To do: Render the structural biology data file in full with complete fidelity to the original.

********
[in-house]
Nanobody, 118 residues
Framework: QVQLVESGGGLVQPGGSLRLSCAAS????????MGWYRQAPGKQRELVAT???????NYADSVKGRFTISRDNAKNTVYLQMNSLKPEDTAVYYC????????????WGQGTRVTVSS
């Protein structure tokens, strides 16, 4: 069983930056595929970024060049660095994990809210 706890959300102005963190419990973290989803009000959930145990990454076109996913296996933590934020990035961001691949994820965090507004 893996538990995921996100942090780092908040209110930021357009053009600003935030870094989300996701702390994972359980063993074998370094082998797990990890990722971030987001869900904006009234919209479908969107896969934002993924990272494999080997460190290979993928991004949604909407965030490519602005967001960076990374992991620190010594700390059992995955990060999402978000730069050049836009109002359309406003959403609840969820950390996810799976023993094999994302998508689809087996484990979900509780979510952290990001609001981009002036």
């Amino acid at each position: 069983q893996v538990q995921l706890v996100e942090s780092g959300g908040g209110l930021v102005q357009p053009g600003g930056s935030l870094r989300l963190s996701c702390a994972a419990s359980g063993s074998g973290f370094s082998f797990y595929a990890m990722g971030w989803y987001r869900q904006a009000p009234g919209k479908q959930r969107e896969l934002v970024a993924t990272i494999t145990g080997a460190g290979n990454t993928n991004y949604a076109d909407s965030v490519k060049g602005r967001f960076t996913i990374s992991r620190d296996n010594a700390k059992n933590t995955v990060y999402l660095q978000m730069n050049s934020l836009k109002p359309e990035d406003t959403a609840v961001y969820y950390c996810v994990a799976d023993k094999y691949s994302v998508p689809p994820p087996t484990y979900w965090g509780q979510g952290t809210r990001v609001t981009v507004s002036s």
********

[in-house]
Nanobody, 118 residues
Framework: QVQLVESGGGLVQPGGSLRLSCAAS????????MGWYRQAPGKQRELVAT???????NYADSVKGRFTISRDNAKNTVYLQMNSLKPEDTAVYYC????????????WGQGTRVTVSS
């Protein structure tokens, strides 16, 4: 069983930056595929970024060049660095994990809210 706890959300102005963190419990973290989803009000959930145990990454076109996913296996933590934020990035961001691949994820965090507004 893996538990995921996100942090780092908040209110930021357009053009600003935030870094989300996701702390994972359980063993074998370094082998797990990890990722971030987001869900904006009234919209479908969107896969934002993924990272494999080997460190290979993928991004949604909407965030490519602005967001960076990374992991620190010594700390059992995955990060999402978000730069050049836009109002359309406003959403609840969820950390996810799976023993094999994302998508689809087996484990979900509780979510952290990001609001981009002036």
């Amino acid at each position: 069983q893996v538990q995921l706890v996100e942090s780092g959300g908040g209110l930021v102005q357009p053009g600003g930056s935030l870094r989300l963190s996701c702390a994972a419990s359980g063993s074998g973290f370094s082998f797990y595929a990890m990722g971030w989803y987001r869900q904006a009000p009234g919209k479908q959930r969107e896969l934002v970024a993924t990272i494999t145990g080997a460190g290979n990454t993928n991004y949604a076109d909407s965030v490519k060049g602005r967001f960076t996913i990374s992991r620190d296996n010594a700390k059992n933590t995955v990060y999402l660095q978000m730069n050049s934020l836009k109002p359309e990035d406003t959403a609840v961001y969820y950390c996810v994990a799976d023993k094999y691949s994302v998508p689809p994820p087996t484990y979900w965090g509780q979510g952290t809210r990001v609001t981009v507004s002036s």